Whether a homeowner’s insurance policy pays to replace a broken window depends on several factors. A policy written on a named-peril basis responds differently than one written on an all-risk basis. Policy exclusions play a role too. One of the most important aspects in determining whether an insurance company pays a claim is the circumstance surrounding the need to replace the window.
Named Peril Policy
Knowing how your policy is written helps to determine whether the insurer pays for replacing the broken window. If your policy is written on a named peril basis, the insurance company only replaces windows broken as a result of one of the named perils listed in the policy, such as fire, lightening or windstorm. Losses occurring for reasons other than the named perils are not covered.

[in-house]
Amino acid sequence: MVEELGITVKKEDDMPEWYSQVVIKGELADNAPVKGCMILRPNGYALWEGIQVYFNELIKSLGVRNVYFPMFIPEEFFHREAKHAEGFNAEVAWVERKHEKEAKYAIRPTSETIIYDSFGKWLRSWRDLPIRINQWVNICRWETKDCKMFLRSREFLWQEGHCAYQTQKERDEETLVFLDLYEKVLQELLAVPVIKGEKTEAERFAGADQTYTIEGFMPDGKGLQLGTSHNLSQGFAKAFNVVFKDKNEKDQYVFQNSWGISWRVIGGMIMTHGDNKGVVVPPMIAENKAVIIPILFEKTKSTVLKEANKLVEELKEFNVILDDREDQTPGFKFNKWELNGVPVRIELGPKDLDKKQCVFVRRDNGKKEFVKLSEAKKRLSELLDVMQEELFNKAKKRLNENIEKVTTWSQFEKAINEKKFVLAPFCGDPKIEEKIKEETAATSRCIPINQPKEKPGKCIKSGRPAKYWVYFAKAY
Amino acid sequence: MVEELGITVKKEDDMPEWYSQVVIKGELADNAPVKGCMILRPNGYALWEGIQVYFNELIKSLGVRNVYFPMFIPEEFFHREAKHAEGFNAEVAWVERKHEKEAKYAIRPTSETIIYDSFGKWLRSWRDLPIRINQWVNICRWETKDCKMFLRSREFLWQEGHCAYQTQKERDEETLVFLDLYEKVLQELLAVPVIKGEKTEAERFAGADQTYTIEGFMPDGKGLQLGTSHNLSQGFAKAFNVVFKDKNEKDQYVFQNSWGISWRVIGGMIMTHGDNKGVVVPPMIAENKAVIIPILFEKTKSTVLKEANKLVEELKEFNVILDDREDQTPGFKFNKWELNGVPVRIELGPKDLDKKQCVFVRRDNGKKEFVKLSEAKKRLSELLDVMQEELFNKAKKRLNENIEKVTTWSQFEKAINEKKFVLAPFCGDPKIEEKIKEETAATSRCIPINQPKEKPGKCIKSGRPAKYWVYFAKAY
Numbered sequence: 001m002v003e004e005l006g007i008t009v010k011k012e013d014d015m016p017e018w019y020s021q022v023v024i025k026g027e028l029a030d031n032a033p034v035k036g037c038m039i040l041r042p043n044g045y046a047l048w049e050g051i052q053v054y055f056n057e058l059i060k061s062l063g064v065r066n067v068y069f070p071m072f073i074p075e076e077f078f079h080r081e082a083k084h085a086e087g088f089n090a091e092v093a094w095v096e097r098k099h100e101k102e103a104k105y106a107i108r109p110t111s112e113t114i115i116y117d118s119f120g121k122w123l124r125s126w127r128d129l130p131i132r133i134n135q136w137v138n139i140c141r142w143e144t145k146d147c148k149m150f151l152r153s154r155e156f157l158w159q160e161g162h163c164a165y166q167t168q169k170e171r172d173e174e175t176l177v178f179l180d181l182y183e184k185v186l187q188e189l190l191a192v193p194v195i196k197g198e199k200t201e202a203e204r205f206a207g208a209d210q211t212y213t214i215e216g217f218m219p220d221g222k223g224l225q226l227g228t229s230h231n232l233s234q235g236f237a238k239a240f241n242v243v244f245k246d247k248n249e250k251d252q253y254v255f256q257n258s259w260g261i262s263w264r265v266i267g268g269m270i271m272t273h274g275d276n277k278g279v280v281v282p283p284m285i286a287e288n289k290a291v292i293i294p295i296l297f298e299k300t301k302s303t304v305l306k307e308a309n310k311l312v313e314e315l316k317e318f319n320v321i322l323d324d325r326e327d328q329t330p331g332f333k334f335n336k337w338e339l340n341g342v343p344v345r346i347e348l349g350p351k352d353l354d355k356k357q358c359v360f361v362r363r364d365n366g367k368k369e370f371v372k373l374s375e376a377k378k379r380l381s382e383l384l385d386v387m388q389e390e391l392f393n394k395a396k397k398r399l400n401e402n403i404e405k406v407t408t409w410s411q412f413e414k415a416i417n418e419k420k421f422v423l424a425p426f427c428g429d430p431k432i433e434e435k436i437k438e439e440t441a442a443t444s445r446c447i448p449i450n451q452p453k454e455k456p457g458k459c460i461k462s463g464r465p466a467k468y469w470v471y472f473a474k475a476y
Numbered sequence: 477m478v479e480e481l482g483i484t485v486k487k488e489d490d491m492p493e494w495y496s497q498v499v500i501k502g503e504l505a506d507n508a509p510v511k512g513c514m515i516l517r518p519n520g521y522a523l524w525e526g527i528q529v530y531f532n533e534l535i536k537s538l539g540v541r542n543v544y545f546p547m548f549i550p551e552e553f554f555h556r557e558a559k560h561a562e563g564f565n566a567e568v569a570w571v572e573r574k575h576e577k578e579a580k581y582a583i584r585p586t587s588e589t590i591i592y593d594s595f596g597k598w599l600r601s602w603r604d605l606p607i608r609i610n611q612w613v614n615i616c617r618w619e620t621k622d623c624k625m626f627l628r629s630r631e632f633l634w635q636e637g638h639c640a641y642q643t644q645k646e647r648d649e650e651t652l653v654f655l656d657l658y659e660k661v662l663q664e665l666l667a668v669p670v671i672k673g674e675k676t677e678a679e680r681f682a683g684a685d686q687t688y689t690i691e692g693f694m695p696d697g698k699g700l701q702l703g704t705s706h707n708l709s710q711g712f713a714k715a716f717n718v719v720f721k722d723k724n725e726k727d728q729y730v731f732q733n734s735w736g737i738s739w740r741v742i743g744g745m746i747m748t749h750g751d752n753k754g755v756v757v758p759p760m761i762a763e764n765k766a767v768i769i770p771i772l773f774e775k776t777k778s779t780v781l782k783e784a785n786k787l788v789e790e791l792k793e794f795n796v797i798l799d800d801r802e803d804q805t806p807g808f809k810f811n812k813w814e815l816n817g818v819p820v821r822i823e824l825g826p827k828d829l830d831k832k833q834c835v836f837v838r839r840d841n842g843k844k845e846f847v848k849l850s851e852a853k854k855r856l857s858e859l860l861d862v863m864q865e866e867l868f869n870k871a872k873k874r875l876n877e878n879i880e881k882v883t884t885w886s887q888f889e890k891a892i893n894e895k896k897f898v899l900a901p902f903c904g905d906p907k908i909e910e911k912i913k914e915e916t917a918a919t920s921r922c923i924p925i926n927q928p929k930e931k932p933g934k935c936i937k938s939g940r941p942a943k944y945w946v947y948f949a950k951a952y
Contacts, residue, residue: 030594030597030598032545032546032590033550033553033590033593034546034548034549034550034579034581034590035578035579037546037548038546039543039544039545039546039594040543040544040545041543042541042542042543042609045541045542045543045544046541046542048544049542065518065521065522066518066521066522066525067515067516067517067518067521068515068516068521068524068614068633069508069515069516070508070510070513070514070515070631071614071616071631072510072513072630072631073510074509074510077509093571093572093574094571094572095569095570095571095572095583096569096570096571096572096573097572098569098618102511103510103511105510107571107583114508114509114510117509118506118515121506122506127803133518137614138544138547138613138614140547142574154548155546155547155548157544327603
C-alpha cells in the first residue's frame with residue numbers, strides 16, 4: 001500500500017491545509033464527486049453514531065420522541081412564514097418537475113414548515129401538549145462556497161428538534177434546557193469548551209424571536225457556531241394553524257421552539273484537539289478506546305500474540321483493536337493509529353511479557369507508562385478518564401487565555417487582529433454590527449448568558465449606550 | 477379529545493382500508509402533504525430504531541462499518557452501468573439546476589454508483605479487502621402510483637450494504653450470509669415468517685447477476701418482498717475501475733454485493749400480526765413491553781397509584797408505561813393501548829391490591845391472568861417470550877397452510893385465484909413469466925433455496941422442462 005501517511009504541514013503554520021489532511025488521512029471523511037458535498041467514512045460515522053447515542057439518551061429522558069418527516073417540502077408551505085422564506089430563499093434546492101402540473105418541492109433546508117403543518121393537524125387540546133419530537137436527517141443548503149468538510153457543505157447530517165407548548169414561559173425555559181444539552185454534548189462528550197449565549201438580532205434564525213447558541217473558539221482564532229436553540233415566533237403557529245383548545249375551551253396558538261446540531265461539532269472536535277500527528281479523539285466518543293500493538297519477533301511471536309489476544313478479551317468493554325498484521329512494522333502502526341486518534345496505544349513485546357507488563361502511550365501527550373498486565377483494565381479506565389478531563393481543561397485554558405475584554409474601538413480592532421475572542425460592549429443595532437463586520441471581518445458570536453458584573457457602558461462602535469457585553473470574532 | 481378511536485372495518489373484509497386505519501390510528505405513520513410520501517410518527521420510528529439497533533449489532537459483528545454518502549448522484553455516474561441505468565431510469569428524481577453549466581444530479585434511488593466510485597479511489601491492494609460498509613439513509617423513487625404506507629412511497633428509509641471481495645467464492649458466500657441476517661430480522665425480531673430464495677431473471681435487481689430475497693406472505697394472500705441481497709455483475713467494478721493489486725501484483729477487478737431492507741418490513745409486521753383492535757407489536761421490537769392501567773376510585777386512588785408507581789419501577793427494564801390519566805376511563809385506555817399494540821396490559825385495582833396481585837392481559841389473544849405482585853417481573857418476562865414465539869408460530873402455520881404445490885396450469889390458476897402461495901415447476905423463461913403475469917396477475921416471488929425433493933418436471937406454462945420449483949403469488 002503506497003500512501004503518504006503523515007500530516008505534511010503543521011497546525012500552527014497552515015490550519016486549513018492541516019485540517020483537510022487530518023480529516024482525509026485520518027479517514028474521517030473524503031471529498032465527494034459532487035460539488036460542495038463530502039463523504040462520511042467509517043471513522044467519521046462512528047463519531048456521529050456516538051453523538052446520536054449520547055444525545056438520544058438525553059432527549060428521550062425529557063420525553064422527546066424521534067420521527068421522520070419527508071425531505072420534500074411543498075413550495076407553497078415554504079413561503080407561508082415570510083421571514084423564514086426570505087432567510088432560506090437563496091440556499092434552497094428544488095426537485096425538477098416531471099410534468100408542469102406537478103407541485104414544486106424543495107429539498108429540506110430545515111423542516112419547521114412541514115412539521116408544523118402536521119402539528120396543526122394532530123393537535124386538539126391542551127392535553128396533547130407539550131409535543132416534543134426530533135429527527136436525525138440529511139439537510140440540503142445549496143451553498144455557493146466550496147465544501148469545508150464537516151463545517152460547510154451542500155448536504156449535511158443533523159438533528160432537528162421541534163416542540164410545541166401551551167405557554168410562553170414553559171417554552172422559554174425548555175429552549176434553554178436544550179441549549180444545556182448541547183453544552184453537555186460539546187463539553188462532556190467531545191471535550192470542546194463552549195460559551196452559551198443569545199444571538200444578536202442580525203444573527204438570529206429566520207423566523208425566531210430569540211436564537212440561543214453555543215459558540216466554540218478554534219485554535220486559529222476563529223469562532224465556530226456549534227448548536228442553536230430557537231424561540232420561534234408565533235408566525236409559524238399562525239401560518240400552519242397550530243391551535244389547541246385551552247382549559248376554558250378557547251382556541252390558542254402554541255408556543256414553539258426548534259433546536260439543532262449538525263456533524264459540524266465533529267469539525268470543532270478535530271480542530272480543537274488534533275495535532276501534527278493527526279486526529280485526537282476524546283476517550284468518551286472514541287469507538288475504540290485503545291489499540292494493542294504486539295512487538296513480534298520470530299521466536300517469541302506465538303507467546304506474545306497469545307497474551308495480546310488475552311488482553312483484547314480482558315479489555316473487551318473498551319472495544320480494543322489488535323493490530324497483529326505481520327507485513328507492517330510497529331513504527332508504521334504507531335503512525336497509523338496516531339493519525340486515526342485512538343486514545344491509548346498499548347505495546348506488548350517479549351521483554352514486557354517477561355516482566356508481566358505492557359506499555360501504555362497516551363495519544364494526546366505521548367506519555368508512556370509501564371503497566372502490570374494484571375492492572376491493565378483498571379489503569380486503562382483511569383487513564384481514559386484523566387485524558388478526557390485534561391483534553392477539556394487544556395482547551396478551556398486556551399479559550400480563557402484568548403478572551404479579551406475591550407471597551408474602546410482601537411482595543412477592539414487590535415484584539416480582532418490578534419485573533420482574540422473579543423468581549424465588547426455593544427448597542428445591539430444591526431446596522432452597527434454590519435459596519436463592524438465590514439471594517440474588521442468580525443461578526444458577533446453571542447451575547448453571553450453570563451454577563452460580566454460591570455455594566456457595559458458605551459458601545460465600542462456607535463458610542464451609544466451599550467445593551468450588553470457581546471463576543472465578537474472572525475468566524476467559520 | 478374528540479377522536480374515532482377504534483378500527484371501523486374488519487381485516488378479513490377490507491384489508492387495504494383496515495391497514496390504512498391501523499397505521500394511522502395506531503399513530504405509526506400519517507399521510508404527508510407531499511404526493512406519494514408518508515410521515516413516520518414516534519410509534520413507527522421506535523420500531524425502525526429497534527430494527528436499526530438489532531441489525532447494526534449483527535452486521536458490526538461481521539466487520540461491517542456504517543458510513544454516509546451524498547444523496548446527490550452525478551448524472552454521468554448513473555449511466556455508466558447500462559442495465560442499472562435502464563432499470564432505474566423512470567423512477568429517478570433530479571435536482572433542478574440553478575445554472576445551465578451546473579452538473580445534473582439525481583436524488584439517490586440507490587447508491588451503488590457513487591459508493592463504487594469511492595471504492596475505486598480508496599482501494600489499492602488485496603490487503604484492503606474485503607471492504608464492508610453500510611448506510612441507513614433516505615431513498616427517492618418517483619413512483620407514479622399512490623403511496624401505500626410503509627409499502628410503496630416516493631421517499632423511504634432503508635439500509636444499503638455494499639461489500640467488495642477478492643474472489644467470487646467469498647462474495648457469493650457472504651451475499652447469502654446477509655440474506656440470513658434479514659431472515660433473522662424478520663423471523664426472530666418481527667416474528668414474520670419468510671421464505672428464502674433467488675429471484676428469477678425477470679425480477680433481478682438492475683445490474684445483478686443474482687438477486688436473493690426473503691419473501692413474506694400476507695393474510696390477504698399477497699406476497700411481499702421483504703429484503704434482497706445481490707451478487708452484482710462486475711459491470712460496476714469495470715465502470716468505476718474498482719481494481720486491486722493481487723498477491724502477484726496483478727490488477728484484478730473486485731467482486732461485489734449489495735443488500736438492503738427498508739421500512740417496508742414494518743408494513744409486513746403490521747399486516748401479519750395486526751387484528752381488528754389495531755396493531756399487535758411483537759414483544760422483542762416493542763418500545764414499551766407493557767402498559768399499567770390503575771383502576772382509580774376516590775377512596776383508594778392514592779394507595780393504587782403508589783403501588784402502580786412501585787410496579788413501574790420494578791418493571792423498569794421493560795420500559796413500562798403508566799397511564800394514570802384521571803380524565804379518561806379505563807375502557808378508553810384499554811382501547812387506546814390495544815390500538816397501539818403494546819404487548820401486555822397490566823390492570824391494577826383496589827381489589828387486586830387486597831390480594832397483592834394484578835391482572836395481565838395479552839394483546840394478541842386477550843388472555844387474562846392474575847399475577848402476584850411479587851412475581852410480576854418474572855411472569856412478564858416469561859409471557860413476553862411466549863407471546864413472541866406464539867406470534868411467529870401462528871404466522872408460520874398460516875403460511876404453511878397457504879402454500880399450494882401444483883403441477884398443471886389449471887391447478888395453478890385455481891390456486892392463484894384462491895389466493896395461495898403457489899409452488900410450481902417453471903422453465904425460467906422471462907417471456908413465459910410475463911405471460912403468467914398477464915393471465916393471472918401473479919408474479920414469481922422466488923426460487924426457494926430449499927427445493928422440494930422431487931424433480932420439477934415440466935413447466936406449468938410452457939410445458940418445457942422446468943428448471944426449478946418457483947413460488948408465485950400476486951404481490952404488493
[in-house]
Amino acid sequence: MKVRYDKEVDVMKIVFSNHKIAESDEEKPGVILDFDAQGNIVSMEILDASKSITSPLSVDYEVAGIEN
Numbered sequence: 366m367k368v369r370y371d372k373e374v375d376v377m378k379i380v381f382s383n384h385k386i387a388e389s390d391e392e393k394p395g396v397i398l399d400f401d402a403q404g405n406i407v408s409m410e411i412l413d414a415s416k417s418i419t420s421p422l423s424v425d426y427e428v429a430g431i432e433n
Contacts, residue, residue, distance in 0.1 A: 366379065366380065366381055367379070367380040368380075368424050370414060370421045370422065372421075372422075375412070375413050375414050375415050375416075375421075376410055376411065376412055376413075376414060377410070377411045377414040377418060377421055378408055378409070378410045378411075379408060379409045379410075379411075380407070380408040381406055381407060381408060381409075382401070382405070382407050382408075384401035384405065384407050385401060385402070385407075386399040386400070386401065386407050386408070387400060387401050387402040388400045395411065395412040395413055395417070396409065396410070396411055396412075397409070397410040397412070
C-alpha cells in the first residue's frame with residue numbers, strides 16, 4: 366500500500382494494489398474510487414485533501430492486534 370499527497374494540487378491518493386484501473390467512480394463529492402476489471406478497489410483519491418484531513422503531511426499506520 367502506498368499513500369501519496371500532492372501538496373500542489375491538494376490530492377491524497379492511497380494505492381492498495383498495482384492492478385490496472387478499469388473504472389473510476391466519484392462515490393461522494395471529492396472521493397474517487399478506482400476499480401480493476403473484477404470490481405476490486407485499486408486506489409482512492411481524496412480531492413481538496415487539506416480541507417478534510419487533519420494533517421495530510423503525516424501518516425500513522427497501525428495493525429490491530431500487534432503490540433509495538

In contrast, an all-risk policy pays for damage that occurs as a result of any type of a risk, subject to certain exclusions. If the reason for needing to replace the window is not excluded, it is covered and the company will pay to replace the window.
The cost to replace the window has to exceed the deductible. If the policy deductible is $1,000 and the cost to replace the window is $500, the company will not pay to replace the window.
Cause of Loss
If the window was broken because of a fire and the cost to repair is greater than the deductible, the insurer will pay. Fire is an insured peril under both an all-risk and named peril policy. However, if the neighbor’s boy Tommy hurled a baseball through the window by accident, only the all-risk policy responds. Tommy tossing a ball through the window is not a named peril.
Finally, if the window needs replacement because it is 40 years old and worn out, neither kind of insurance policy pays to replace it. Homeowners’ insurance policies exclude wear and tear.
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